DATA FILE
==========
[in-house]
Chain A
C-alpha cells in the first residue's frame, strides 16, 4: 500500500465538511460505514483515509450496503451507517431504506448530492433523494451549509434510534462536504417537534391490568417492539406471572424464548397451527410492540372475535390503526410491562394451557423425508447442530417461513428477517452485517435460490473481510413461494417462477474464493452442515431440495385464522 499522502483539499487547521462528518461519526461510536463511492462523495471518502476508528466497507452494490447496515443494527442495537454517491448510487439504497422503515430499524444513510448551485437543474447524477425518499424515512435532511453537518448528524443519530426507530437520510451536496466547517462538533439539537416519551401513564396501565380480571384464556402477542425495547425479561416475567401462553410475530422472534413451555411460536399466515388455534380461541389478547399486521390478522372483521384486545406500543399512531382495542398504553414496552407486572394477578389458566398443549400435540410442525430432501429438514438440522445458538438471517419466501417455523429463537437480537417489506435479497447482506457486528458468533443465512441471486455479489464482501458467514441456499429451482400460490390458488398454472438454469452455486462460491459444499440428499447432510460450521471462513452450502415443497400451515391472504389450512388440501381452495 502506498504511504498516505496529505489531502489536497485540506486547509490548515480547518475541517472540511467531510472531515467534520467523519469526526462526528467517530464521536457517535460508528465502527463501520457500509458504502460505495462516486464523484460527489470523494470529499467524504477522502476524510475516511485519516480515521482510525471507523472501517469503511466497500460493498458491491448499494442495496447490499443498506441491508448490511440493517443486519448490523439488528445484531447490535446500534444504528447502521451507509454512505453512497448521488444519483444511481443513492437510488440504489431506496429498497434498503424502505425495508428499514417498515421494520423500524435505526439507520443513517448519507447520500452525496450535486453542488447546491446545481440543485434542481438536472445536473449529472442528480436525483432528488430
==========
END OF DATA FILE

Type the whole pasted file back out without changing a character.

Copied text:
[in-house]
Chain A
C-alpha cells in the first residue's frame, strides 16, 4: 500500500465538511460505514483515509450496503451507517431504506448530492433523494451549509434510534462536504417537534391490568417492539406471572424464548397451527410492540372475535390503526410491562394451557423425508447442530417461513428477517452485517435460490473481510413461494417462477474464493452442515431440495385464522 499522502483539499487547521462528518461519526461510536463511492462523495471518502476508528466497507452494490447496515443494527442495537454517491448510487439504497422503515430499524444513510448551485437543474447524477425518499424515512435532511453537518448528524443519530426507530437520510451536496466547517462538533439539537416519551401513564396501565380480571384464556402477542425495547425479561416475567401462553410475530422472534413451555411460536399466515388455534380461541389478547399486521390478522372483521384486545406500543399512531382495542398504553414496552407486572394477578389458566398443549400435540410442525430432501429438514438440522445458538438471517419466501417455523429463537437480537417489506435479497447482506457486528458468533443465512441471486455479489464482501458467514441456499429451482400460490390458488398454472438454469452455486462460491459444499440428499447432510460450521471462513452450502415443497400451515391472504389450512388440501381452495 502506498504511504498516505496529505489531502489536497485540506486547509490548515480547518475541517472540511467531510472531515467534520467523519469526526462526528467517530464521536457517535460508528465502527463501520457500509458504502460505495462516486464523484460527489470523494470529499467524504477522502476524510475516511485519516480515521482510525471507523472501517469503511466497500460493498458491491448499494442495496447490499443498506441491508448490511440493517443486519448490523439488528445484531447490535446500534444504528447502521451507509454512505453512497448521488444519483444511481443513492437510488440504489431506496429498497434498503424502505425495508428499514417498515421494520423500524435505526439507520443513517448519507447520500452525496450535486453542488447546491446545481440543485434542481438536472445536473449529472442528480436525483432528488430